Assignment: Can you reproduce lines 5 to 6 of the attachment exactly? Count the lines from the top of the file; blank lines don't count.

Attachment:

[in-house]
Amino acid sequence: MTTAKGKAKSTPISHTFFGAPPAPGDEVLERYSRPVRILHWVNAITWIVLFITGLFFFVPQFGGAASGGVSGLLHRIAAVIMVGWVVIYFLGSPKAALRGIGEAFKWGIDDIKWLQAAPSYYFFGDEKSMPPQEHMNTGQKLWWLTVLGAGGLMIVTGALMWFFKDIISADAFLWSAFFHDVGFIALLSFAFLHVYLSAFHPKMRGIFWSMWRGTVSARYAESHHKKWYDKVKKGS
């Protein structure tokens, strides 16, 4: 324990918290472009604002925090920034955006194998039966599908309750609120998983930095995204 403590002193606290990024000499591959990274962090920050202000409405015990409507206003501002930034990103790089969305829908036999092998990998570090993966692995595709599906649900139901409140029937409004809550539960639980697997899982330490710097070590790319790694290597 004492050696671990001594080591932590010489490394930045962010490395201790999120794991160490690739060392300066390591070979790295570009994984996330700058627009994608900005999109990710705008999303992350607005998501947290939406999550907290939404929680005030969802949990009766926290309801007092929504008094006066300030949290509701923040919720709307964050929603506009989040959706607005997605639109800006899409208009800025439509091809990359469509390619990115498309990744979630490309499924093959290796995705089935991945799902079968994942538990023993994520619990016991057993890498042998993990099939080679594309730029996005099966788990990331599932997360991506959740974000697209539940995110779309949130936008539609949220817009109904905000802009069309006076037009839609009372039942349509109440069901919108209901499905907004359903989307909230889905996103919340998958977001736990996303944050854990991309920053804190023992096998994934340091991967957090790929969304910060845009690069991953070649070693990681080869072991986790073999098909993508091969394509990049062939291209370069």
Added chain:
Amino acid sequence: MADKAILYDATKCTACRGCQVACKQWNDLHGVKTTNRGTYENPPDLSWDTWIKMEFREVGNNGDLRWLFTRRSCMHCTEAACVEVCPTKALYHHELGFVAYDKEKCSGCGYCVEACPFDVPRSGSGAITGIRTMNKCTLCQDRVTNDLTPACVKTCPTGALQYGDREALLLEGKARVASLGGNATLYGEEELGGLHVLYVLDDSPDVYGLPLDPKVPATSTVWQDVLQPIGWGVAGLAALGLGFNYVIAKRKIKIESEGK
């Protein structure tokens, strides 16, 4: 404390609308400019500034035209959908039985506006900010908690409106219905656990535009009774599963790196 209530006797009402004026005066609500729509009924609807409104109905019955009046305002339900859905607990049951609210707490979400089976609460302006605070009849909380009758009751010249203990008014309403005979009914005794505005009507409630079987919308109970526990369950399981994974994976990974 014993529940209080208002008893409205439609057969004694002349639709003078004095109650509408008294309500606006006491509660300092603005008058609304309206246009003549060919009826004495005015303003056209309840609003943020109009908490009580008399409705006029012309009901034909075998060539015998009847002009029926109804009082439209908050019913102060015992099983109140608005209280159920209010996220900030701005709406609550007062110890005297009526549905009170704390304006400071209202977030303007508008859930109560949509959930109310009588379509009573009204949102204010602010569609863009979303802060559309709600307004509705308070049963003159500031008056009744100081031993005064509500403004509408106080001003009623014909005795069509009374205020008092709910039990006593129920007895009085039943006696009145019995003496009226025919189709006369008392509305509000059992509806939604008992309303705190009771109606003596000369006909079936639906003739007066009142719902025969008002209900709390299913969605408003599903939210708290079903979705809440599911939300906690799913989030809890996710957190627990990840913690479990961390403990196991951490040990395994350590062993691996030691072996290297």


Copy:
Amino acid sequence: MADKAILYDATKCTACRGCQVACKQWNDLHGVKTTNRGTYENPPDLSWDTWIKMEFREVGNNGDLRWLFTRRSCMHCTEAACVEVCPTKALYHHELGFVAYDKEKCSGCGYCVEACPFDVPRSGSGAITGIRTMNKCTLCQDRVTNDLTPACVKTCPTGALQYGDREALLLEGKARVASLGGNATLYGEEELGGLHVLYVLDDSPDVYGLPLDPKVPATSTVWQDVLQPIGWGVAGLAALGLGFNYVIAKRKIKIESEGK
């Protein structure tokens, strides 16, 4: 404390609308400019500034035209959908039985506006900010908690409106219905656990535009009774599963790196 209530006797009402004026005066609500729509009924609807409104109905019955009046305002339900859905607990049951609210707490979400089976609460302006605070009849909380009758009751010249203990008014309403005979009914005794505005009507409630079987919308109970526990369950399981994974994976990974 014993529940209080208002008893409205439609057969004694002349639709003078004095109650509408008294309500606006006491509660300092603005008058609304309206246009003549060919009826004495005015303003056209309840609003943020109009908490009580008399409705006029012309009901034909075998060539015998009847002009029926109804009082439209908050019913102060015992099983109140608005209280159920209010996220900030701005709406609550007062110890005297009526549905009170704390304006400071209202977030303007508008859930109560949509959930109310009588379509009573009204949102204010602010569609863009979303802060559309709600307004509705308070049963003159500031008056009744100081031993005064509500403004509408106080001003009623014909005795069509009374205020008092709910039990006593129920007895009085039943006696009145019995003496009226025919189709006369008392509305509000059992509806939604008992309303705190009771109606003596000369006909079936639906003739007066009142719902025969008002209900709390299913969605408003599903939210708290079903979705809440599911939300906690799913989030809890996710957190627990990840913690479990961390403990196991951490040990395994350590062993691996030691072996290297």